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    CHILD ABUSE/NEGLECT: Alternatives to spanking

    Part of Contemporary Pediatrics’ coverage of the 2015 AAP Annual Conference. For more coverage, click here.

    Sparing a child the rod of corporal punishment can circumvent a lifetime of adverse health consequences, said Victor Vieth, JD, in his presentation “Spanking: The Why and How of Counseling Families on Alternative Discipline Measures.”

    Recommended: Cutaneous signs of abuse

    Pediatricians must not only be cognizant of the medical literature and understand that corporal punishment raises risks for poor medical and mental health outcomes but they must also be able to articulate this fact and provide parents with appropriate alternatives in words they will understand.1 The research shows that most parents would discipline their children in a way other than hitting them if they knew what those alternatives were and if there were a parenting or other program that could model those alternatives.

    Research also tells us that certain cultures and religious communities exhibit higher levels of corporal punishment than the national average. A pediatrician must be sensitive to that and be able to explain these concepts in a way that is culturally sensitive. In the United States, for example, some conservative Protestant communities are more likely to use corporal punishment than many others. However it is possible to work with these communities and try to move them past this practice.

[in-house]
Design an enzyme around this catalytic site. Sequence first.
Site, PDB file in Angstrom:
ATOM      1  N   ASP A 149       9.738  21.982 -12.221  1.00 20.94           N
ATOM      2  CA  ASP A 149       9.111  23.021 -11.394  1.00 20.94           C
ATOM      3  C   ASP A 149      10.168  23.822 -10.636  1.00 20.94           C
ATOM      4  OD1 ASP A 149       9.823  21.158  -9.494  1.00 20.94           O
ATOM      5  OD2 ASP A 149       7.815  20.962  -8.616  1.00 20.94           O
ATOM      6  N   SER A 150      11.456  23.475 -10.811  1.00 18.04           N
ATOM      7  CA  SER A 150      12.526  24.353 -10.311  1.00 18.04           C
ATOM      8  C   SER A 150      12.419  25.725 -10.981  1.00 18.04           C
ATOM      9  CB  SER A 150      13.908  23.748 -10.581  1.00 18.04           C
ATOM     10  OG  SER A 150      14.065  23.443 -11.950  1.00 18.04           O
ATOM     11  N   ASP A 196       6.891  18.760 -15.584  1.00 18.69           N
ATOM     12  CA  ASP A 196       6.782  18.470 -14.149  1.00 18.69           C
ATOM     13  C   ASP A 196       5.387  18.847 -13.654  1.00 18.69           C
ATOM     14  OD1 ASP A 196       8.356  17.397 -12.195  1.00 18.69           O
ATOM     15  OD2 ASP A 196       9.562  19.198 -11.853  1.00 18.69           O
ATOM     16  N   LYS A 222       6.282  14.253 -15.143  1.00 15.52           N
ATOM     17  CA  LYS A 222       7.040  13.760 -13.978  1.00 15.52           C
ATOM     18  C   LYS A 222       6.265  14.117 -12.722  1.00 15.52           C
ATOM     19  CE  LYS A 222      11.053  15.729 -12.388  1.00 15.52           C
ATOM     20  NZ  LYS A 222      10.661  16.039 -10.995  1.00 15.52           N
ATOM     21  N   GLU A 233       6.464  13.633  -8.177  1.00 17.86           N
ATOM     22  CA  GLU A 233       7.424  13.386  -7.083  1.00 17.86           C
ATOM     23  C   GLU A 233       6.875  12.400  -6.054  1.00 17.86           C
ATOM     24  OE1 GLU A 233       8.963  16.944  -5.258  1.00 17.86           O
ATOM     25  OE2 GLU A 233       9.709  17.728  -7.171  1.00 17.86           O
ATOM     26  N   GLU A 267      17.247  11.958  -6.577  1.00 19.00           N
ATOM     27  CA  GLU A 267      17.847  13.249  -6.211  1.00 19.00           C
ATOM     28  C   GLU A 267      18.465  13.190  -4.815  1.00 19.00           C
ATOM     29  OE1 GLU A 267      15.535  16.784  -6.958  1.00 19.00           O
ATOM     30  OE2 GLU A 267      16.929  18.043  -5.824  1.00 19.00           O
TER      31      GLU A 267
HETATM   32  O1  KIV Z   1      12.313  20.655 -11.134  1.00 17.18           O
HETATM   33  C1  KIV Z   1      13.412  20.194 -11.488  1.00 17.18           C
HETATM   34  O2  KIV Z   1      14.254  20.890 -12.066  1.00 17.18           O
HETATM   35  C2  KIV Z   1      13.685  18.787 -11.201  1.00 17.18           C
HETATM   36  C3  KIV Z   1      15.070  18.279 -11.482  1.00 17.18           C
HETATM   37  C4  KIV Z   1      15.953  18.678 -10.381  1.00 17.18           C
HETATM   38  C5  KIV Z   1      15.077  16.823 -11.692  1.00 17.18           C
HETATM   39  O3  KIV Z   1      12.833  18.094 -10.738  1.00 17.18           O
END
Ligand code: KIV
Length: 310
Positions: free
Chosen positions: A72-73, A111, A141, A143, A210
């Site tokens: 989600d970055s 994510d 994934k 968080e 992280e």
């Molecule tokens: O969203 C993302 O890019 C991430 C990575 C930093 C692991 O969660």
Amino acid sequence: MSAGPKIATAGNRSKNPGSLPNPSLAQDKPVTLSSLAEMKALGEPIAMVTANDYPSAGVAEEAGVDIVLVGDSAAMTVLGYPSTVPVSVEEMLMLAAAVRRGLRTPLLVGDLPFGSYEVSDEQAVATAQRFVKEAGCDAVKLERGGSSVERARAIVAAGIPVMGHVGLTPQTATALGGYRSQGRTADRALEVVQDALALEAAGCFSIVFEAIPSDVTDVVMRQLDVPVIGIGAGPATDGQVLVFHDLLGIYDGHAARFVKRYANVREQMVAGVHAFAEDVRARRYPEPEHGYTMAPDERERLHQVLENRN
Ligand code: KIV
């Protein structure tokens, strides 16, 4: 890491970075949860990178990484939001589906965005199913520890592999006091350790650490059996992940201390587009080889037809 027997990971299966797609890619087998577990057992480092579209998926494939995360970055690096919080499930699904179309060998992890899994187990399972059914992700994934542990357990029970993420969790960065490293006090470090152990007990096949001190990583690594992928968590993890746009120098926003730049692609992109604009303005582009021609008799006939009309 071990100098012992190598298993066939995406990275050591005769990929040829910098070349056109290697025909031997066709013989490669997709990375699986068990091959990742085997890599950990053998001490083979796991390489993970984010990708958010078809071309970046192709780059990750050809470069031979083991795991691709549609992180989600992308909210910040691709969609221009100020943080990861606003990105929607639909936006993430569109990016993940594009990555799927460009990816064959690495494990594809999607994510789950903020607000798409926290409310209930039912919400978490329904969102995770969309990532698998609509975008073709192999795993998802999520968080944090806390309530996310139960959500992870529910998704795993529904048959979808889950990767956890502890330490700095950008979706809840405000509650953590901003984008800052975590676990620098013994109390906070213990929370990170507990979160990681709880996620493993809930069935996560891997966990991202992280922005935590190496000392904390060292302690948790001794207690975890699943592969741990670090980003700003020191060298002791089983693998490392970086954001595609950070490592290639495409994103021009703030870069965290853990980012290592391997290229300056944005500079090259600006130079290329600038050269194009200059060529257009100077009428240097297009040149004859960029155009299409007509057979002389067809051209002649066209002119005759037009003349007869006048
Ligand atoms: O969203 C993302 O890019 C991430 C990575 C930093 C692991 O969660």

Parents in such groups often cite scripture, specifically certain sections of the Book of Proverbs, in arguing that their belief system requires corporal punishment. Pediatricians may counter, however, by pointing out that several conservative Protestant theologians disagree. Proverbs contains many more verses about corporal punishment for adults than for children, yet there are no whipping posts at churches, and corporal punishment is not advocated for adults.

    Phrasing such ideas in common-sense language and pointing parents to resources within their own culture may help change their behavior, as can making better use of hospital chaplains to engage parents who use corporal punishment for religious reasons.

    For more suggested strategies, pediatricians may consult a set of proposed guidelines for working with conservative religious groups.2 According to pediatricians and others who deal with children’s health and abuse issues, these guidelines are proving helpful. If more pediatricians follow them, many parents will do something other than hit their children. This can be a primary means of preventing physical abuse in the United States.

    References

    1. Gershoff ET. Report on physical punishment in the United States: what research tells us about its effects on children. Columbus, OH: Center for Effective Discipline; 2008.  http://www.nospank.net/gershoff.pdf. Accessed October 5, 2015.

    2. Vieth VI. From sticks to flowers: guidelines for child protection professionals working with parents using Scripture to justify corporal punishment. William Mitchell Law Rev. 2014;40(3):907–942. http://web.wmitchell.edu/law-review/wp-content/uploads/Volume40/documents/2.pdf. Accessed October 5, 2015.

    NEXT: Commentary and the need for alternative approaches

    John Jesitus
    John Jesitus is a medical writer based in Westminster, CO.

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